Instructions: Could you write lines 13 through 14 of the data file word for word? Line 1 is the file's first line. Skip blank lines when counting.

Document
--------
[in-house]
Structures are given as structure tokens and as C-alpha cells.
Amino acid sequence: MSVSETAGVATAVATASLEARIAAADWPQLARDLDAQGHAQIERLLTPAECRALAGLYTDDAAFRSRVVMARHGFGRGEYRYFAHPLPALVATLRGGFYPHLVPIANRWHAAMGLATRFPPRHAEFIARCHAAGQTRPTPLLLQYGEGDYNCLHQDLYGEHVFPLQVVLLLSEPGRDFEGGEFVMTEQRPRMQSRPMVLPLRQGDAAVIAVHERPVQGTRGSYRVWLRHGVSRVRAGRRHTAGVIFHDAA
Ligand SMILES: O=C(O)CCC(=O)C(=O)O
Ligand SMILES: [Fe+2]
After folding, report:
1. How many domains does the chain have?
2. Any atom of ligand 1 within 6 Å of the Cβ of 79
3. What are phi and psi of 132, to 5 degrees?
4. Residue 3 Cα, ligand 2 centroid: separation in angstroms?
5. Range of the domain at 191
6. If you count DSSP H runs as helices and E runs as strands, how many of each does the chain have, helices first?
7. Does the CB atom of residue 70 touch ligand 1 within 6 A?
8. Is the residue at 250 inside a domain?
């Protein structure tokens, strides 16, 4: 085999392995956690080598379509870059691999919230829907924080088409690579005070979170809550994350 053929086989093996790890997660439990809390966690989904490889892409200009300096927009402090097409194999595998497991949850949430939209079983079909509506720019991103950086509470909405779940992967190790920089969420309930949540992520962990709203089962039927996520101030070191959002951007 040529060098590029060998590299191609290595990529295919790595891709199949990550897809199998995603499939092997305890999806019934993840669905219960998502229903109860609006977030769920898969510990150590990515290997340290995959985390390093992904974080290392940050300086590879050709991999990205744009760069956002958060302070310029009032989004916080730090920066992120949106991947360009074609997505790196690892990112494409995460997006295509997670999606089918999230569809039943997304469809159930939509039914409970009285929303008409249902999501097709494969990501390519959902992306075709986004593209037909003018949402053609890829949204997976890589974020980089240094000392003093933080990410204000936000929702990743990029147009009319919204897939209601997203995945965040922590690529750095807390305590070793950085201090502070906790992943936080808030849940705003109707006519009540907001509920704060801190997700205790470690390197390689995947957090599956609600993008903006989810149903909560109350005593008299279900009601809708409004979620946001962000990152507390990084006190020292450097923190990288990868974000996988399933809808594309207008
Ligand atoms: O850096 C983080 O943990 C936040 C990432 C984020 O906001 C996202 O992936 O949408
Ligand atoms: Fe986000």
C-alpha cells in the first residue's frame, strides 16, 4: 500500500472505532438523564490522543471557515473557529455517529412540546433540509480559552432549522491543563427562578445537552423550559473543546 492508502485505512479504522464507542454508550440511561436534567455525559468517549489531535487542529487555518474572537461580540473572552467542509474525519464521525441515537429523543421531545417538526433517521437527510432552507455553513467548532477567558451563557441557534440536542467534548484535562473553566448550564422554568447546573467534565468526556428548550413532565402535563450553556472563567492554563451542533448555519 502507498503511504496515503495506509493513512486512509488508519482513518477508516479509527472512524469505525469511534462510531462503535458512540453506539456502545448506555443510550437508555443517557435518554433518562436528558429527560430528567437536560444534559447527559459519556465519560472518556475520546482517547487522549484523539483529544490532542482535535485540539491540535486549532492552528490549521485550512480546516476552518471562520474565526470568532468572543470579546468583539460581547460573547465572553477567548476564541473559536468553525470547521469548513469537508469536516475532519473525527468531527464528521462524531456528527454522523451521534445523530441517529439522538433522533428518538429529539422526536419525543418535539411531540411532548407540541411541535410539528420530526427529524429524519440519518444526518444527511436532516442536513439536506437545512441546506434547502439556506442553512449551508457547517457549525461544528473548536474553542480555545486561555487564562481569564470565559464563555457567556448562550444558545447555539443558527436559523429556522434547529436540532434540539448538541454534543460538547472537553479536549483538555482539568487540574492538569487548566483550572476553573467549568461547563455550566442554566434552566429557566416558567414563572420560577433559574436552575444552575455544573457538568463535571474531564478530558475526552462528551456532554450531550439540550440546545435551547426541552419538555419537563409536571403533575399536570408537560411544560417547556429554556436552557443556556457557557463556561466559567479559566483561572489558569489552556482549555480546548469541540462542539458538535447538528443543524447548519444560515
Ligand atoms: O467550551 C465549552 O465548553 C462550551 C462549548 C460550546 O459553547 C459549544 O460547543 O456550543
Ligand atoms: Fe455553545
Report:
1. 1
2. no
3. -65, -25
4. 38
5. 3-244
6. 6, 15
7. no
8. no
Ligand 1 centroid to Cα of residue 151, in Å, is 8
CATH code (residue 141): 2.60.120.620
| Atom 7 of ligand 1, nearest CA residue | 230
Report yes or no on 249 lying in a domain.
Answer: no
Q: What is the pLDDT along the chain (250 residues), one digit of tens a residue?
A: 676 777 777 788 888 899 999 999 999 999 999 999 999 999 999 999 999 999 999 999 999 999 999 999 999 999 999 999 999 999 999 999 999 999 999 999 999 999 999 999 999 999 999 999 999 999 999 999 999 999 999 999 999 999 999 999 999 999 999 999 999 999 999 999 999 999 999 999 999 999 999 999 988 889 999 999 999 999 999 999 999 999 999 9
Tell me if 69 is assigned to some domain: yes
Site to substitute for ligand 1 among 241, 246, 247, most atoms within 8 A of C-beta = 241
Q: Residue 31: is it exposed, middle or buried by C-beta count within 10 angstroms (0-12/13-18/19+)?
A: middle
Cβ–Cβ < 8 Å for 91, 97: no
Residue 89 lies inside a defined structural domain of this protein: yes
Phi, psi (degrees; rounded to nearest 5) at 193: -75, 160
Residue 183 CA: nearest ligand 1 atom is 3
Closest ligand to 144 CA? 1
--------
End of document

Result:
7. Does the CB atom of residue 70 touch ligand 1 within 6 A?
8. Is the residue at 250 inside a domain?